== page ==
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Erythronium albidum - Nutt.

Common Name White Trout-Lily, White fawnlily
Family Liliaceae
USDA hardiness 4-8
Known Hazards Although no records of toxicity have been seen for this species, the following notes have been seen for another member of this genus and so some caution is advised. Skin contact with the bulbs has been known to cause dermatitis in sensitive people[65].
Habitats Moist woods, thickets and meadows[43, 90, 235]. Mesic bottomlands, upland forests, woodlands, clay and silt bottomlands, floodplain forests from sea level to 300 metres[270].
Range Eastern N. America - Ontario to Minnesota, south to Georgia, Tennessee and Texas.
Edibility Rating  
Other Uses  
Weed Potential No
Medicinal Rating  
Care
Fully Hardy Moist Soil Semi-shade
Erythronium albidum White Trout-Lily, White fawnlily


USDA-NRCS PLANTS Database / Britton, N.L., and A. Brown. 1913. An illustrated flora of the northern United States, Canada and the British Possessions. Vol. 1: 506.
Erythronium albidum White Trout-Lily, White fawnlily
Clarence A. Rechenthin @ USDA-NRCS PLANTS Database

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Summary


Physical Characteristics

 icon of manicon of bulb
Erythronium albidum is a BULB growing to 0.1 m (0ft 4in).
It is hardy to zone (UK) 4 and is not frost tender. It is in flower from Mar to April, and the seeds ripen from May to June. The species is hermaphrodite (has both male and female organs) and are pollinated by Insects. Suitable for: light (sandy) and medium (loamy) soils and prefers well-drained soil. Suitable pH: acid, neutral and basic (alkaline) soils. It can grow in semi-shade (light woodland). It prefers moist soil.

Synonyms

Habitats

Woodland Garden Dappled Shade; Shady Edge;

Edible Uses

Edible Parts: Flowers;  Leaves;  Root.
Edible Uses:

Bulb - raw or cooked[105, 161]. A delicious flavour[183]. Rather small, it is about 25mm long[235]. Young leaves - raw or cooked. Crisp, tasty, tender and mild when eaten raw[183]. Eating the leaves will greatly reduce the vigour of the bulb, so can only be recommended in times of emergency[K]. Flowers, flower buds and flower stems - raw or cooked[183].

Medicinal Uses

Plants For A Future can not take any responsibility for any adverse effects from the use of plants. Always seek advice from a professional before using a plant medicinally.



None known

Other Uses

None known

Cultivation details

Prefers slightly acid soil conditions but succeeds in chalky soils so long as they contain plenty of humus[164]. Requires semi-shade, preferably provided by trees or shrubs, and a well-drained soil[164]. Succeeds in almost any light soil, preferring one that is rich in humus[1]. This species is closely related to E. americanum[235], but is unsatisfactory in cultivation outdoors in Britain[90]. It comes into growth early in the year and the flowers probably need more heat than is available in this country if they are to open properly[90]. A clump seen growing in light shade at Kew early in April 1995 was growing vigorously, spreading well and had lots of flower buds, but was not yet in flower[K]. Erythronium albidum often forms extensive colonies in which nonflowering, 1-leaved plants far outnumber flowering, 2-leaved ones[270]. Flowers are produced in 3 - 4 years from seed[164]. This species does not produce offsets[200].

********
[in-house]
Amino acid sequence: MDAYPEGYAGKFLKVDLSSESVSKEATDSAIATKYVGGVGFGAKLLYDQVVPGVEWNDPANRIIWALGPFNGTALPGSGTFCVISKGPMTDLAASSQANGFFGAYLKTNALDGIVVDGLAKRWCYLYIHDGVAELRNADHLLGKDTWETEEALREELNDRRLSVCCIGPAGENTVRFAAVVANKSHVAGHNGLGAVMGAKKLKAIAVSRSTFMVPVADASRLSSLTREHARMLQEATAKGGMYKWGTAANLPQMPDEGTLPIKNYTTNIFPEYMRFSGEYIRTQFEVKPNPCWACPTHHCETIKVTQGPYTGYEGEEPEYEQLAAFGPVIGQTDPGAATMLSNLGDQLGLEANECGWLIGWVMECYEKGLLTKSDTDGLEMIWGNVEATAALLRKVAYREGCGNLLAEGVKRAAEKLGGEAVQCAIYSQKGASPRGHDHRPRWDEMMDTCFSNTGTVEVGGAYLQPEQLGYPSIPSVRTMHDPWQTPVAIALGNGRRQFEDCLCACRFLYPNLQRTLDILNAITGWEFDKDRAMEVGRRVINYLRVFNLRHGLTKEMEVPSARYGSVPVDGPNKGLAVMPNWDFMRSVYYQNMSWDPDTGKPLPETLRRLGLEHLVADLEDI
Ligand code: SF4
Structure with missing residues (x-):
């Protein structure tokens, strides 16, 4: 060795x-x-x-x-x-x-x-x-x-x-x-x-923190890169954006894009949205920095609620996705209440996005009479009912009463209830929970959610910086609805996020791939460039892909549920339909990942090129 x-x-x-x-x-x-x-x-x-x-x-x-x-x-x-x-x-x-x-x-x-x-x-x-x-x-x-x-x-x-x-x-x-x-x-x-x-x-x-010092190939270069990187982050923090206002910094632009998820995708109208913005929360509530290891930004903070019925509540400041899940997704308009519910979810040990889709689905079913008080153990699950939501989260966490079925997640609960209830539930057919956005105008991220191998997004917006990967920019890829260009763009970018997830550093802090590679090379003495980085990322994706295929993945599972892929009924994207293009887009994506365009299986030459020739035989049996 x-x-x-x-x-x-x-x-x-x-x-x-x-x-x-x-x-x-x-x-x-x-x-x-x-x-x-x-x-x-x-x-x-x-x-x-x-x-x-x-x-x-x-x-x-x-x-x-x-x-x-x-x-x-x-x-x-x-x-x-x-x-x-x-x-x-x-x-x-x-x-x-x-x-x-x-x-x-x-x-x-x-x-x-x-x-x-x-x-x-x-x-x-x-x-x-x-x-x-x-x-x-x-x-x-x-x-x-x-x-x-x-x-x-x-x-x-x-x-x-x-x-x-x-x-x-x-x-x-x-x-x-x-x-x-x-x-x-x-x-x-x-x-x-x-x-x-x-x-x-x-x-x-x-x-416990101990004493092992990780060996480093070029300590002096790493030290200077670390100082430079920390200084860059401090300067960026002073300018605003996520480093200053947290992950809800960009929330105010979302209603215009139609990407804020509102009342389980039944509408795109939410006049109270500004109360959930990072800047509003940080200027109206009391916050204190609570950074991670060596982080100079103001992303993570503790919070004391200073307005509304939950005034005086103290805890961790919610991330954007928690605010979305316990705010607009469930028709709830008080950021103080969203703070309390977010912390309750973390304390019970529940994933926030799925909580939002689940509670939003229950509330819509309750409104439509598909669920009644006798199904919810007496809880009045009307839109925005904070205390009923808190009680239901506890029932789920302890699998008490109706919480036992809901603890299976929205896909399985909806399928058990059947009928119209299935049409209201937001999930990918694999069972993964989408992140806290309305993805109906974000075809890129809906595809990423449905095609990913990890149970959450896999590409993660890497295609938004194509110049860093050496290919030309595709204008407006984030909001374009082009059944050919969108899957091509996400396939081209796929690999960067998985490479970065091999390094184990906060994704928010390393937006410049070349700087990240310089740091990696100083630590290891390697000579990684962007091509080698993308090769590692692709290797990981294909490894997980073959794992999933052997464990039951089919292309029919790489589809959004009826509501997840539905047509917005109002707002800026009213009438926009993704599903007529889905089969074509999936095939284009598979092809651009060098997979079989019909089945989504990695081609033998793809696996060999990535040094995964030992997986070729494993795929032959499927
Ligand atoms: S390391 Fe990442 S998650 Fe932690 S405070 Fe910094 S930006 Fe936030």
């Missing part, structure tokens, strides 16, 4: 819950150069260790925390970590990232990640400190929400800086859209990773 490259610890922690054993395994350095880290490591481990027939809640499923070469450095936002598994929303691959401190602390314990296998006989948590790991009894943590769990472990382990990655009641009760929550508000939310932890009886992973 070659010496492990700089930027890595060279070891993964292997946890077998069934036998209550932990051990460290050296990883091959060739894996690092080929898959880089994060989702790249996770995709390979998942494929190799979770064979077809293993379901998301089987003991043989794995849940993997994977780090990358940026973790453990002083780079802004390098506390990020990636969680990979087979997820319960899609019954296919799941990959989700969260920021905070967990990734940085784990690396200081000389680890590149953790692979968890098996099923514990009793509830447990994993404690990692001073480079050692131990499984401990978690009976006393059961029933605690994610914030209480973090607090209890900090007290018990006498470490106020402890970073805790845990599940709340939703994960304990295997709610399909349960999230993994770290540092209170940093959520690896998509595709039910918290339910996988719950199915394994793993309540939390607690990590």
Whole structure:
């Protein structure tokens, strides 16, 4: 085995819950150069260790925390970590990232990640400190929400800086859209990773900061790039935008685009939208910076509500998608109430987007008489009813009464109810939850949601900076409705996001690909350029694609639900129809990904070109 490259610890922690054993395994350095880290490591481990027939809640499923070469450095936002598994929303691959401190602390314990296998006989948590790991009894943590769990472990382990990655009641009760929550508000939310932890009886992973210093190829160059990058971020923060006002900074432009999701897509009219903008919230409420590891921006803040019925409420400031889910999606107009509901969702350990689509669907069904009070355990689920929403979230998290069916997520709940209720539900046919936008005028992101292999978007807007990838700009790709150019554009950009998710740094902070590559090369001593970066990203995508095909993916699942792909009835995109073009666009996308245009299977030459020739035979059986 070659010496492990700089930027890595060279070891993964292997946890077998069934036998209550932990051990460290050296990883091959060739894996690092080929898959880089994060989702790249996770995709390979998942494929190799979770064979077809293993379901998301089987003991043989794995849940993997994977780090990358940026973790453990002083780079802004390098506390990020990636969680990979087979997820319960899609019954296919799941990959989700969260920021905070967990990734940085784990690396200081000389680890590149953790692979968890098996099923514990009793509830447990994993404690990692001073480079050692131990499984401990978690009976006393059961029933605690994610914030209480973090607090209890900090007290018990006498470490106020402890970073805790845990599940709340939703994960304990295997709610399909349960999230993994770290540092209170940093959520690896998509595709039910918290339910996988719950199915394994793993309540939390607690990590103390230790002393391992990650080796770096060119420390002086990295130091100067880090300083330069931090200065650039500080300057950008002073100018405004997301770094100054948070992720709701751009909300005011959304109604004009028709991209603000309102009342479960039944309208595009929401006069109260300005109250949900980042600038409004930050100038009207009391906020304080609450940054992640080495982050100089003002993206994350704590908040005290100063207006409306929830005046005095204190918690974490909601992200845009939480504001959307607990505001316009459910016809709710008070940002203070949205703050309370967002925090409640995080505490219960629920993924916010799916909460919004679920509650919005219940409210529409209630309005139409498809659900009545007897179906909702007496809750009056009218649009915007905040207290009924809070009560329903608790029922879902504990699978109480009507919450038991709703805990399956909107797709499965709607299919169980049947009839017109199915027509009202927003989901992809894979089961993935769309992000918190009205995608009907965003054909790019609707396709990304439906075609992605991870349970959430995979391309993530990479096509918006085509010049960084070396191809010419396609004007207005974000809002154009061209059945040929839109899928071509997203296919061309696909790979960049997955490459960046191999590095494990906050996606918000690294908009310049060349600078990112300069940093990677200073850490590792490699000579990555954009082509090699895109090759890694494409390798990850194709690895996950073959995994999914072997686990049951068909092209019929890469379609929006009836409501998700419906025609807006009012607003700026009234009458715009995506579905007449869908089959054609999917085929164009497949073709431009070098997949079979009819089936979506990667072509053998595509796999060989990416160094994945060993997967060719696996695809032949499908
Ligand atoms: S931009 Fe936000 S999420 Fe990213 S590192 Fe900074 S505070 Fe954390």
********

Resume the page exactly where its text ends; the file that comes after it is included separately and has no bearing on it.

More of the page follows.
Propagation

Seed - best sown as soon as it is ripe in a shady position in a cold frame. Water lightly in summer, it should germinate in autumn or winter[164, 200]. Stored seed requires a period of cold stratification[164]. Sow as early in spring as possible in a cold frame. Sow the seed thinly so that it will not be necessary to prick them out for their first year of growth. Give an occasional liquid feed to the seedlings to make sure that they do not become nutrient deficient. When the plants are dormant, pot up the small bulbs putting 2 - 3 bulbs in each pot. Grow them on in a shady position in the greenhouse for another 2 3 years and then plant them out into their permanent positions when they are dormant in late summer. Division in summer as the leaves die down. This species does not produce offsets[200].

Other Names

If available other names are mentioned here

Found In

Countries where the plant has been found are listed here if the information is available

Weed Potential

Right plant wrong place. We are currently updating this section. Please note that a plant may be invasive in one area but may not in your area so it’s worth checking.

Conservation Status

IUCN Red List of Threatened Plants Status :

Related Plants
Latin NameCommon NameEdibility RatingMedicinal Rating
Erythronium albidum mesochoreumPrairie Trout Lily30
Erythronium americanumTrout Lily, Dogtooth violet41
Erythronium californicumFawn Lily, California fawnlily20
Erythronium citrinumPale Fawn Lily, Cream fawnlily, Roderick's fawnlily20
Erythronium dens-canisDog's-Tooth Violet30
Erythronium grandiflorumAvalanche Lily, Yellow avalanche-lily31
Erythronium helenaeMt. St. Helena Fawm Lily, Pacific fawnlily20
Erythronium hendersoniiHenderson's Fawn Lily20
Erythronium howelliiHowell's Fawn Lily20
Erythronium japonicumKatakuri40
Erythronium montanumAvelanche Lily, White avalanche-lily20
Erythronium multiscapideumAdderstongue20
Erythronium oregonumGiant White Fawnlily21
Erythronium purpurascensAvelanche Lily, Purple fawnlily20
Erythronium revolutumPink Fawn Lily, Mahogany fawnlily30
Erythronium tuolumnenseTuolumne Fawn Lily, Dog's Tooth Violet, Pagoda Lily20

 

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Author

Nutt.

Botanical References

43200

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